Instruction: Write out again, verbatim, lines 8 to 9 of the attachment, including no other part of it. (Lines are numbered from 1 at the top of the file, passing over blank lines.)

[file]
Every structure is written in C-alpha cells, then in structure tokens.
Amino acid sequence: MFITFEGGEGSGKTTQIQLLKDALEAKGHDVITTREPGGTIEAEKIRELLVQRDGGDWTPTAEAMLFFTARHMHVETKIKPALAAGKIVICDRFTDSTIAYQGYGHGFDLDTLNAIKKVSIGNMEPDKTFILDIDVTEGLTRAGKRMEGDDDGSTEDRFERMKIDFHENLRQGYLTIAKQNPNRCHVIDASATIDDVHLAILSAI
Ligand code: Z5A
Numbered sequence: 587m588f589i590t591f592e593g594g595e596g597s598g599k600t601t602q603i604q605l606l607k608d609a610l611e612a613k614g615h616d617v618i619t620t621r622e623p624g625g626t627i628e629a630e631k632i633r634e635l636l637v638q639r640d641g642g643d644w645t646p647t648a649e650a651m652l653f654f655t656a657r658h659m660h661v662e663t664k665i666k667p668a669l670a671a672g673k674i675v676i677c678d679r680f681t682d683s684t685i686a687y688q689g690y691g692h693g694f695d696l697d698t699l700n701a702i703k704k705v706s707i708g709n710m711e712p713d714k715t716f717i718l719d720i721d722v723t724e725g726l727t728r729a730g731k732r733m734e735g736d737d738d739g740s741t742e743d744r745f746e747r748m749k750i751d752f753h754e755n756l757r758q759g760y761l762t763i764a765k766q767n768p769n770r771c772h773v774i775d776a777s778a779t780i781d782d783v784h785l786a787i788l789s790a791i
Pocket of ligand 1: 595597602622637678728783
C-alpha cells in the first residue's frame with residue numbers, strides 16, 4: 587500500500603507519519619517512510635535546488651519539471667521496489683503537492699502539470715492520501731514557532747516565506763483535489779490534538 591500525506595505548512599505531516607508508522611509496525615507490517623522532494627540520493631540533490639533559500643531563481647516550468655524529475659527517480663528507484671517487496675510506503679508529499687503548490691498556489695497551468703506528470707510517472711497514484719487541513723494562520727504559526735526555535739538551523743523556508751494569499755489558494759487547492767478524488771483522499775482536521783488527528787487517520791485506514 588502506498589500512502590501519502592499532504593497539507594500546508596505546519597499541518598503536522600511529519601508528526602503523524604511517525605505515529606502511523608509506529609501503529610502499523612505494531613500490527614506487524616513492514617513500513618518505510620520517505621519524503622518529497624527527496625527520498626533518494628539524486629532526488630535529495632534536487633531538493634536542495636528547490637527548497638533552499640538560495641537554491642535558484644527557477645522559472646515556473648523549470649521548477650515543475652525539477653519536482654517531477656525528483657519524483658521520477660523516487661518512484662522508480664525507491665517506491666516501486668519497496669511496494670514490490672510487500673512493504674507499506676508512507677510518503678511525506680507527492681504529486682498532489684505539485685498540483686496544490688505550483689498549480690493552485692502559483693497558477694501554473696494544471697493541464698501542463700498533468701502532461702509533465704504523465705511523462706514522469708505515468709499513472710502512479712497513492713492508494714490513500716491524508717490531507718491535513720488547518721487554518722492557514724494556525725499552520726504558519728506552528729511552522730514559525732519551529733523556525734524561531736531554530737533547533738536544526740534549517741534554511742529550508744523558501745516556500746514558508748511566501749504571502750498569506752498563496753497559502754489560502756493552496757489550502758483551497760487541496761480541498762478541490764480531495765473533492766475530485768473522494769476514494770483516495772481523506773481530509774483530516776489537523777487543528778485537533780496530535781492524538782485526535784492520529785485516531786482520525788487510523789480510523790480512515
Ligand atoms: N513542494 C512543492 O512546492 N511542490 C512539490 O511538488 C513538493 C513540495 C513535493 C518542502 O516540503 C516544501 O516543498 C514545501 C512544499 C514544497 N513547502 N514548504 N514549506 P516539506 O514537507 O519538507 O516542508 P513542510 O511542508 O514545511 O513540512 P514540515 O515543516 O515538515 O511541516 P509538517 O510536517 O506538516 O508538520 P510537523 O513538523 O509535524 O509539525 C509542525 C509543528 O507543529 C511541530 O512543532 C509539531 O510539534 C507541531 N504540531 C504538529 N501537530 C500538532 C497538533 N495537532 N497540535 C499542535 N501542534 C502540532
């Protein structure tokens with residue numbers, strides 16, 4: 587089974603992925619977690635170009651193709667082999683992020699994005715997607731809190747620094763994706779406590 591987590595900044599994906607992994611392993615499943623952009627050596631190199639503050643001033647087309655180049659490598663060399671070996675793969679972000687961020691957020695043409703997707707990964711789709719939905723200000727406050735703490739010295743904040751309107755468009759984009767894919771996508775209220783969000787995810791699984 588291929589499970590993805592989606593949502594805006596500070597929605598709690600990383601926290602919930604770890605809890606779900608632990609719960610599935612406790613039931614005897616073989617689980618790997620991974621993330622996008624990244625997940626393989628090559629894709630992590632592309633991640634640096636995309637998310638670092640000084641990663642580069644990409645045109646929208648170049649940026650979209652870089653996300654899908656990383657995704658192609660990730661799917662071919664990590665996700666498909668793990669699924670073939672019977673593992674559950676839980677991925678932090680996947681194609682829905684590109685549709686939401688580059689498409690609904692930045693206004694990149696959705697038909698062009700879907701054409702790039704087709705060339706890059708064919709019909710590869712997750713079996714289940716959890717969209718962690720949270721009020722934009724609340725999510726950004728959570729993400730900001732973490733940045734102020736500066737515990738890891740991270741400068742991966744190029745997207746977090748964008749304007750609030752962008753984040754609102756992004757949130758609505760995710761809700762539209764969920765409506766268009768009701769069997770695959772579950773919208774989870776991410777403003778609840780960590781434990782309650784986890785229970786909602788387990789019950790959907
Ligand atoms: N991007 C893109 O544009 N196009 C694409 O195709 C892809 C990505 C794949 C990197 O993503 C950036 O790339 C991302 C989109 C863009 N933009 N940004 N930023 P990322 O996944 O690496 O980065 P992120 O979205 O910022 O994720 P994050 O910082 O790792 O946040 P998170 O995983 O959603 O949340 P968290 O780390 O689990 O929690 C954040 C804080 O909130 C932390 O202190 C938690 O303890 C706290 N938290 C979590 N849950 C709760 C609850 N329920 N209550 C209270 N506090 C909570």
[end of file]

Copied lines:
């Protein structure tokens with residue numbers, strides 16, 4: 587089974603992925619977690635170009651193709667082999683992020699994005715997607731809190747620094763994706779406590 591987590595900044599994906607992994611392993615499943623952009627050596631190199639503050643001033647087309655180049659490598663060399671070996675793969679972000687961020691957020695043409703997707707990964711789709719939905723200000727406050735703490739010295743904040751309107755468009759984009767894919771996508775209220783969000787995810791699984 588291929589499970590993805592989606593949502594805006596500070597929605598709690600990383601926290602919930604770890605809890606779900608632990609719960610599935612406790613039931614005897616073989617689980618790997620991974621993330622996008624990244625997940626393989628090559629894709630992590632592309633991640634640096636995309637998310638670092640000084641990663642580069644990409645045109646929208648170049649940026650979209652870089653996300654899908656990383657995704658192609660990730661799917662071919664990590665996700666498909668793990669699924670073939672019977673593992674559950676839980677991925678932090680996947681194609682829905684590109685549709686939401688580059689498409690609904692930045693206004694990149696959705697038909698062009700879907701054409702790039704087709705060339706890059708064919709019909710590869712997750713079996714289940716959890717969209718962690720949270721009020722934009724609340725999510726950004728959570729993400730900001732973490733940045734102020736500066737515990738890891740991270741400068742991966744190029745997207746977090748964008749304007750609030752962008753984040754609102756992004757949130758609505760995710761809700762539209764969920765409506766268009768009701769069997770695959772579950773919208774989870776991410777403003778609840780960590781434990782309650784986890785229970786909602788387990789019950790959907
Ligand atoms: N991007 C893109 O544009 N196009 C694409 O195709 C892809 C990505 C794949 C990197 O993503 C950036 O790339 C991302 C989109 C863009 N933009 N940004 N930023 P990322 O996944 O690496 O980065 P992120 O979205 O910022 O994720 P994050 O910082 O790792 O946040 P998170 O995983 O959603 O949340 P968290 O780390 O689990 O929690 C954040 C804080 O909130 C932390 O202190 C938690 O303890 C706290 N938290 C979590 N849950 C709760 C609850 N329920 N209550 C209270 N506090 C909570």